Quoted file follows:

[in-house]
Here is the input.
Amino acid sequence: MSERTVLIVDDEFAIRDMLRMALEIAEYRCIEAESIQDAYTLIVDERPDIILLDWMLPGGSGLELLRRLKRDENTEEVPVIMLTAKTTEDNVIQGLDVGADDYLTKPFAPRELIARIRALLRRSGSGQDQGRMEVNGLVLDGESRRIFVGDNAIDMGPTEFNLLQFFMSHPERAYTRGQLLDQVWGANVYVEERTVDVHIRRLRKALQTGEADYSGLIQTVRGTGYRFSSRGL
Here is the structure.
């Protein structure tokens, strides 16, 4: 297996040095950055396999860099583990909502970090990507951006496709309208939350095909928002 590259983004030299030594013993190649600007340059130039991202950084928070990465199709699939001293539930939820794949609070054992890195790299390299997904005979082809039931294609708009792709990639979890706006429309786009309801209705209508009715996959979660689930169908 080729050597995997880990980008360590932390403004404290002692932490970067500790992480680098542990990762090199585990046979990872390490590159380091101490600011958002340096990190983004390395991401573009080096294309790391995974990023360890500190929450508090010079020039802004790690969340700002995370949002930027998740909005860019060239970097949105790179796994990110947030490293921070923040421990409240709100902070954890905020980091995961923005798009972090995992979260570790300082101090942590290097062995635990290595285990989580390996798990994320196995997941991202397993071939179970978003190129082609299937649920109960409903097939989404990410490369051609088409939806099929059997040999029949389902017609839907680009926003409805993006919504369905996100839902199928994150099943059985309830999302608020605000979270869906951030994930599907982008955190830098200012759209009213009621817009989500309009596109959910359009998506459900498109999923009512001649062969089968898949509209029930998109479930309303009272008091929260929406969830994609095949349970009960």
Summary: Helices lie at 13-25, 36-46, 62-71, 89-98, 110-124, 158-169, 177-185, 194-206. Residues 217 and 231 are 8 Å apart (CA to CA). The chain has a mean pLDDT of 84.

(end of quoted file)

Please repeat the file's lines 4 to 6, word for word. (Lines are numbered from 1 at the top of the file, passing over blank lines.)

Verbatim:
Here is the structure.
């Protein structure tokens, strides 16, 4: 297996040095950055396999860099583990909502970090990507951006496709309208939350095909928002 590259983004030299030594013993190649600007340059130039991202950084928070990465199709699939001293539930939820794949609070054992890195790299390299997904005979082809039931294609708009792709990639979890706006429309786009309801209705209508009715996959979660689930169908 080729050597995997880990980008360590932390403004404290002692932490970067500790992480680098542990990762090199585990046979990872390490590159380091101490600011958002340096990190983004390395991401573009080096294309790391995974990023360890500190929450508090010079020039802004790690969340700002995370949002930027998740909005860019060239970097949105790179796994990110947030490293921070923040421990409240709100902070954890905020980091995961923005798009972090995992979260570790300082101090942590290097062995635990290595285990989580390996798990994320196995997941991202397993071939179970978003190129082609299937649920109960409903097939989404990410490369051609088409939806099929059997040999029949389902017609839907680009926003409805993006919504369905996100839902199928994150099943059985309830999302608020605000979270869906951030994930599907982008955190830098200012759209009213009621817009989500309009596109959910359009998506459900498109999923009512001649062969089968898949509209029930998109479930309303009272008091929260929406969830994609095949349970009960």
Summary: Helices lie at 13-25, 36-46, 62-71, 89-98, 110-124, 158-169, 177-185, 194-206. Residues 217 and 231 are 8 Å apart (CA to CA). The chain has a mean pLDDT of 84.